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A notable rise in the minimum wage contribute to the weakening of the labor market

Joao Pedro Resende, Andrés Pérez M., Vittorio Peretti & Carolina Monzón


The unemployment rate surprised to the upside during the final month of 2022, returning to double digits. The national unemployment rate of 10.3% was 0.8pp down over one year, while the urban unemployment rate reached 10.8%, down 0.6pp from last year, but well above the Bloomberg market consensus of 9.6% and our 8.8% call. Total employment expanded 4.5% yoy in December (5.7% previously), while the participation rate rose 1.3pp from December last year to 63.8% (yet still remains 1.2pp below the rate in 2019). At the margin, total employment expanded only a mild 0.1% MoM/SA from November, but fell 0.8% from 3Q to 4Q22 as the labor market gradually loosens from elevated levels (total employment sits 3.6% above pre-pandemic levels). For the full year, the consolidation of the economic reopening, along with the robust dynamics of domestic demand resulted in the urban unemployment rate averaging 11.4%, down from 15.2% in 2021, and in line with the unemployment rate from 2019. The national unemployment rate fell 2.6pp to 11.2% in 2022.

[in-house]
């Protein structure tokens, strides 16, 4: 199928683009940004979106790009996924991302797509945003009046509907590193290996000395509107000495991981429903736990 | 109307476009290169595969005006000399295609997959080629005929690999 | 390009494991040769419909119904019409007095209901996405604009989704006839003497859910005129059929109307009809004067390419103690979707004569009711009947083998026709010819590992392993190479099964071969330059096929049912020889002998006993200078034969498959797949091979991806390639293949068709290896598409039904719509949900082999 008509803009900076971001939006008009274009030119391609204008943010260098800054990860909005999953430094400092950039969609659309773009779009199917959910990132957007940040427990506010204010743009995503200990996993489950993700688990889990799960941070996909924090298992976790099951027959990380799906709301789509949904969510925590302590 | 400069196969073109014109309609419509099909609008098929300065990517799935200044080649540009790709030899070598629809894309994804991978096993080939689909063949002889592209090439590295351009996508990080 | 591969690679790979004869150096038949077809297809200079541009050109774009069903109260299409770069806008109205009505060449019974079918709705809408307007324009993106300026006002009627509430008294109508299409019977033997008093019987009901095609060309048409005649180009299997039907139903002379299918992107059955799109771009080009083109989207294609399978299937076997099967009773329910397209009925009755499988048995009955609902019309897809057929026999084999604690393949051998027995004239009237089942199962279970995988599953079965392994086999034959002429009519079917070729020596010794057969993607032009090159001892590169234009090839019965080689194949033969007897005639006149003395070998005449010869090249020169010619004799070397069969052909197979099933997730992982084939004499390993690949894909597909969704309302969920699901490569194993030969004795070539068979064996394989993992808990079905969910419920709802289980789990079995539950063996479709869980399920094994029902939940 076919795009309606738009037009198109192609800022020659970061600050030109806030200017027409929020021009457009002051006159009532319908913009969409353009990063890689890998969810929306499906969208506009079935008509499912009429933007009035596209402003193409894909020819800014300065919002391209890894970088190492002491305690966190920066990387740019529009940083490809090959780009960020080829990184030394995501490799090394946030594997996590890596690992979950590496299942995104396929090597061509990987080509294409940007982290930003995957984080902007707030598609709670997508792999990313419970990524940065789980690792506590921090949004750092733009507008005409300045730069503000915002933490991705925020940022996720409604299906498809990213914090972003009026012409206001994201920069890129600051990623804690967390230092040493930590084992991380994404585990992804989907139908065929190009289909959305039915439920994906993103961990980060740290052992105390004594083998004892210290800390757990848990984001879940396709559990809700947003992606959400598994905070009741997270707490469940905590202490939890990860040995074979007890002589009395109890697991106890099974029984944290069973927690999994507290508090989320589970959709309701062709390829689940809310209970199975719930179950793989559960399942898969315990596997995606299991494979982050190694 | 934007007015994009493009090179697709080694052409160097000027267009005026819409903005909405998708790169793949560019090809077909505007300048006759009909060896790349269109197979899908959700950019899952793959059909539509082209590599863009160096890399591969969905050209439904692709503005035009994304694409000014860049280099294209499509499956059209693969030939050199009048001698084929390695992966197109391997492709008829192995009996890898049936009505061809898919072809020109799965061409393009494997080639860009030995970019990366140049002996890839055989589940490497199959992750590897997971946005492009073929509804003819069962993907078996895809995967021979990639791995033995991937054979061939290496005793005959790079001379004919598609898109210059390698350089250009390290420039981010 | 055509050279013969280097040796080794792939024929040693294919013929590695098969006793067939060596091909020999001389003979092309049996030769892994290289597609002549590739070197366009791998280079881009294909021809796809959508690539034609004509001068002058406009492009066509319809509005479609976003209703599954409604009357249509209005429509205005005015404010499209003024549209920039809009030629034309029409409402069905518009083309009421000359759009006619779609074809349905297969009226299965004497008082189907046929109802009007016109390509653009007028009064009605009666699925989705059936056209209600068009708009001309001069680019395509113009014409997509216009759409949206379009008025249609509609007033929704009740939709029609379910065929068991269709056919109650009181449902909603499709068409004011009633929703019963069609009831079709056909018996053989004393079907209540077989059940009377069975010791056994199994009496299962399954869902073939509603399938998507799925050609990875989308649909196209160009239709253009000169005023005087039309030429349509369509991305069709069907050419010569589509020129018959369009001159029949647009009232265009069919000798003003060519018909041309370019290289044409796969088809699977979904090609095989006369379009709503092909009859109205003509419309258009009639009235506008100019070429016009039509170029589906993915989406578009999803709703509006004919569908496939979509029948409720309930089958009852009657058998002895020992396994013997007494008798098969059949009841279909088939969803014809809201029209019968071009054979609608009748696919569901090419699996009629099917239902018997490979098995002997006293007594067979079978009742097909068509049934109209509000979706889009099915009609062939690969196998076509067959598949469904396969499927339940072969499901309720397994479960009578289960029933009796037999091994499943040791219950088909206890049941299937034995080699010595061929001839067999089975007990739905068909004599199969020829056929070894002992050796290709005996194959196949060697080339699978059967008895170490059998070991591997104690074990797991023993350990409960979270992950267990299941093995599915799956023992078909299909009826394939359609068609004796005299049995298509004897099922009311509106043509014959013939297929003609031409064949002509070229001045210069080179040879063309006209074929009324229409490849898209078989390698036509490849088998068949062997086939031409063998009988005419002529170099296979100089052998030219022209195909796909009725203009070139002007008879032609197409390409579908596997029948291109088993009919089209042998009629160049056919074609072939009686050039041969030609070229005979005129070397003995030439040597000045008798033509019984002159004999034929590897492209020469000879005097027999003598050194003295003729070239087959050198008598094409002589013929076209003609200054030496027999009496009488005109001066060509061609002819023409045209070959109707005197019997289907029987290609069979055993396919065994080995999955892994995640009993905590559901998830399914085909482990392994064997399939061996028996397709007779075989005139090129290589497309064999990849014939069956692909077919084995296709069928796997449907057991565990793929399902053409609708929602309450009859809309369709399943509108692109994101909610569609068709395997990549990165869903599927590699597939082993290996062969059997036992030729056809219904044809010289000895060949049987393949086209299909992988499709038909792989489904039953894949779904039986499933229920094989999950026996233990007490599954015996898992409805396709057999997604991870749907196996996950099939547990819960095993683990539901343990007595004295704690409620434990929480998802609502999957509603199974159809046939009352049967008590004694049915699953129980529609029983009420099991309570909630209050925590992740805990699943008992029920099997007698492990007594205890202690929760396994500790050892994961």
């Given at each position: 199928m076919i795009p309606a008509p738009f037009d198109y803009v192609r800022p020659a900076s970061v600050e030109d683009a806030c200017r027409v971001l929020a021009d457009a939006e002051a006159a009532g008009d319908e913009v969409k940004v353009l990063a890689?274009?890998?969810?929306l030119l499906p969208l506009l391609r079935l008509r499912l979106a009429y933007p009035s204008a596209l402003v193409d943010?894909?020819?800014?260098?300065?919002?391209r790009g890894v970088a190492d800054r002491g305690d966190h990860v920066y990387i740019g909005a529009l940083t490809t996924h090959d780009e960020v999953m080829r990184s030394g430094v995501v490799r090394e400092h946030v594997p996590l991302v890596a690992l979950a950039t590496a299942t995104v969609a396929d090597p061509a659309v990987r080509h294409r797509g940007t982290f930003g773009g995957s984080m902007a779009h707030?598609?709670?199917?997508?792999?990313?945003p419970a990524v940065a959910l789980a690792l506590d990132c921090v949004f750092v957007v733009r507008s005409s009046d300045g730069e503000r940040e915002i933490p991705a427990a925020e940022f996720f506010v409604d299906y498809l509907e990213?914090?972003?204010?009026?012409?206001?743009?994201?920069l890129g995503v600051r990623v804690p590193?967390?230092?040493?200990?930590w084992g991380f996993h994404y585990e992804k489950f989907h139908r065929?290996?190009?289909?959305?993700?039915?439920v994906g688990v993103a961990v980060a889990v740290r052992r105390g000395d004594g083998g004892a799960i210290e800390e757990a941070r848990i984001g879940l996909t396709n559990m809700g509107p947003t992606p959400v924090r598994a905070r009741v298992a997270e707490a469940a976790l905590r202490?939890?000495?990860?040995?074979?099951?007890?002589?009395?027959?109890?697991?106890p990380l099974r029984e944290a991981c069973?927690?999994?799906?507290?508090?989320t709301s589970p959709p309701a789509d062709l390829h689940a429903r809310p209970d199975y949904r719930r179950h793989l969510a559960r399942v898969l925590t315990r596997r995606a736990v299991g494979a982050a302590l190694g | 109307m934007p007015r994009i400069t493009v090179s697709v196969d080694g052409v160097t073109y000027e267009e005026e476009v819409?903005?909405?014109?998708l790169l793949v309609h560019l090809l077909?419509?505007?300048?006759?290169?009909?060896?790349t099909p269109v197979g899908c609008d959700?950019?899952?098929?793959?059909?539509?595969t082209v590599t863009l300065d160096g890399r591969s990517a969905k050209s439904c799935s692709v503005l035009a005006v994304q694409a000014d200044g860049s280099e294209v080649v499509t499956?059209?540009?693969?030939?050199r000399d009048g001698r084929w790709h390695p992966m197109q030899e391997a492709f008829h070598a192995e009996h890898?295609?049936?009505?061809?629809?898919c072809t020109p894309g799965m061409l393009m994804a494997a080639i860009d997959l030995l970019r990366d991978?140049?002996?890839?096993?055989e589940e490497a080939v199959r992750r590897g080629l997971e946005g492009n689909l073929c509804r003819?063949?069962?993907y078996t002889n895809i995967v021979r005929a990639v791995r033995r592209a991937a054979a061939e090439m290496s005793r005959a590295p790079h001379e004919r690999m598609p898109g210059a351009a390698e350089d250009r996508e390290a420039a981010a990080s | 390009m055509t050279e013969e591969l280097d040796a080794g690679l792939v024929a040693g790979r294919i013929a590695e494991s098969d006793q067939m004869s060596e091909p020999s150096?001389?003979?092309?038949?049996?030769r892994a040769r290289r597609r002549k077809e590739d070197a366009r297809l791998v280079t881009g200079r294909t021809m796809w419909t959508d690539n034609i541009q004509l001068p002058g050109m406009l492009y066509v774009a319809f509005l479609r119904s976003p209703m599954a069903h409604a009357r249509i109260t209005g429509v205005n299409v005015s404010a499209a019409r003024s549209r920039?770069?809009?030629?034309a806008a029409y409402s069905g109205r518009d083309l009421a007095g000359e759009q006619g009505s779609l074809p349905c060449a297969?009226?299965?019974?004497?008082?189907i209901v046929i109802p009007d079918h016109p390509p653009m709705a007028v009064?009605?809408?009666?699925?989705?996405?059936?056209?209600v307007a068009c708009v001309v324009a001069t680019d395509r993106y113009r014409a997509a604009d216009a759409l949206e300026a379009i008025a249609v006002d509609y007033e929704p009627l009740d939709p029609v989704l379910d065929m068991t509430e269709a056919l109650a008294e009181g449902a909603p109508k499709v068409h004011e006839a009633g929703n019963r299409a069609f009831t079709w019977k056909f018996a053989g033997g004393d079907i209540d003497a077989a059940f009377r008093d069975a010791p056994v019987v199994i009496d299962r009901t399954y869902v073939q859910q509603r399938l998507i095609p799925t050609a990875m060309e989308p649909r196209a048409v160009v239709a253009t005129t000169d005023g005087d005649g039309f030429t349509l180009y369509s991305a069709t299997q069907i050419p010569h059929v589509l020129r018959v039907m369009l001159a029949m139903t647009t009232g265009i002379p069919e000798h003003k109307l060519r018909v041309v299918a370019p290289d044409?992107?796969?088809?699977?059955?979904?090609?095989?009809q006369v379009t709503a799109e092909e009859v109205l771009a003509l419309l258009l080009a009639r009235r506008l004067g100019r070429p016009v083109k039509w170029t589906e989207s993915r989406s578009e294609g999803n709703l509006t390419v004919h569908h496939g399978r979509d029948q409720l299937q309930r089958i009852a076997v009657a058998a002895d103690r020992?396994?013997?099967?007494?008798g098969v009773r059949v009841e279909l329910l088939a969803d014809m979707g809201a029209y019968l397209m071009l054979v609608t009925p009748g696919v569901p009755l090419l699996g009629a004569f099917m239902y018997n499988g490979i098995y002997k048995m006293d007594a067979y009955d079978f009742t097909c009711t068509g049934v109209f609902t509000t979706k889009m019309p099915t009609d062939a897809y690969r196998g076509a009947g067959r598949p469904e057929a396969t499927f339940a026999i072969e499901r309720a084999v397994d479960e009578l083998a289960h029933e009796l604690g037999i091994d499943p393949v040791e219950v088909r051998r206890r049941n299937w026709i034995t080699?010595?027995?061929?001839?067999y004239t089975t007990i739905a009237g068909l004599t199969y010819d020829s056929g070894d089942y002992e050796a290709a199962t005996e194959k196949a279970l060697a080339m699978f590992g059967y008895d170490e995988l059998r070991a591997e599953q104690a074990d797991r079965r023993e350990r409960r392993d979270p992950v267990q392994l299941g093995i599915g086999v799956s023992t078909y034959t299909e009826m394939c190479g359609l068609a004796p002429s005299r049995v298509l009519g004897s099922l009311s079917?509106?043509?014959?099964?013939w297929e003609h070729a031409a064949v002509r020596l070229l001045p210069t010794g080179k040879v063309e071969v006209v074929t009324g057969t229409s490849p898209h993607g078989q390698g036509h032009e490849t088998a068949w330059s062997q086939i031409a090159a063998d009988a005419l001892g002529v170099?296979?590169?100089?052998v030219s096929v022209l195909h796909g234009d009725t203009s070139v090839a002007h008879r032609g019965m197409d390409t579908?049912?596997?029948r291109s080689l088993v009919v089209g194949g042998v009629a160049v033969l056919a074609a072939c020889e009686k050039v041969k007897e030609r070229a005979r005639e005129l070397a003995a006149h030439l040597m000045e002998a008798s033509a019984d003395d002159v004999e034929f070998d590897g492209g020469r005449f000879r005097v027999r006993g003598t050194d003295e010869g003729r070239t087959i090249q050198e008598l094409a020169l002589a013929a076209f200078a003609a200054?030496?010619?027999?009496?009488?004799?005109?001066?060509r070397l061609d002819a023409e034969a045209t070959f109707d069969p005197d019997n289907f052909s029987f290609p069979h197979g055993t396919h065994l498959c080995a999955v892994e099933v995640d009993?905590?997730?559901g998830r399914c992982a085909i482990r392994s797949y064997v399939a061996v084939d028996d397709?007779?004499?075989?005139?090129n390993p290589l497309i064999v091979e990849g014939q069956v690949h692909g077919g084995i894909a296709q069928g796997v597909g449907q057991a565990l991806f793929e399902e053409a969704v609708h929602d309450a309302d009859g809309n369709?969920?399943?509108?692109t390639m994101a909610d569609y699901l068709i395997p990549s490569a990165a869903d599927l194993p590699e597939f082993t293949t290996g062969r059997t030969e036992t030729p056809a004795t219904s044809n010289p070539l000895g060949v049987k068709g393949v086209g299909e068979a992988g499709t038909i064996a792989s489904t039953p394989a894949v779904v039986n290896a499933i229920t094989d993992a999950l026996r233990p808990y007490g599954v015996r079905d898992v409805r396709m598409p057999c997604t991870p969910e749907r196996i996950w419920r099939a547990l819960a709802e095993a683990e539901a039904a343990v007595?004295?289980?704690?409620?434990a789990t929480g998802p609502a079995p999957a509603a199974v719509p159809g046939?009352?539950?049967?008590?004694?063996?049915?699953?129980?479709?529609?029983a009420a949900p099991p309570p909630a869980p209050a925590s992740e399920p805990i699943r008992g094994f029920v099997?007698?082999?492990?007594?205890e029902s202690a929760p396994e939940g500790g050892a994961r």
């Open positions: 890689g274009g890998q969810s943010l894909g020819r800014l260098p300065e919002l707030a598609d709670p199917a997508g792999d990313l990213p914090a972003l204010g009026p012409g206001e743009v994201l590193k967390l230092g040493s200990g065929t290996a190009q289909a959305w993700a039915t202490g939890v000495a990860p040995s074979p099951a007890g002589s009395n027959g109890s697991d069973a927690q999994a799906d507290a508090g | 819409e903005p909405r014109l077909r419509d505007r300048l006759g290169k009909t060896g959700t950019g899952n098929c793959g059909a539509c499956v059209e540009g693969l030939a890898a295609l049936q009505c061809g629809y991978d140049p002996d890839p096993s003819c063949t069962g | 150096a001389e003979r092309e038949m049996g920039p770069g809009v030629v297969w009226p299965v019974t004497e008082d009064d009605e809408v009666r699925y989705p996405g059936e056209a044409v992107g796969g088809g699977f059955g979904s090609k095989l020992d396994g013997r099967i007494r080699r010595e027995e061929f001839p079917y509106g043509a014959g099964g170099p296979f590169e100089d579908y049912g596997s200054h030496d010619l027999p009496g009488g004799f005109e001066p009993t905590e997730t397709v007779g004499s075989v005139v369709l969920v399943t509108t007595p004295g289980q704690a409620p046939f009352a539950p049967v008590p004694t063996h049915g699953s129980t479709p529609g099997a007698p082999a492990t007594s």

Private sector led job growth in 4Q22. In the final quarter of last year, employment increased 5.8% yoy (8.0% in 3Q and 10.6% in 2Q22), pulled up by private salaried posts (14.2% yoy; 14.1 in 3Q22) while government employment fell 9.6% yoy (6.4% drop in 3Q) and self-employment decreased 0.64 yoy (+4.9% in 3Q).

We expect the average unemployment rate to reach 11.8% this year (11.2% in 2022; 10.9% in 2019) as tight monetary policy, a notable rise in the minimum wage and elevated economic policy uncertainty contribute to the weakening of the labor market.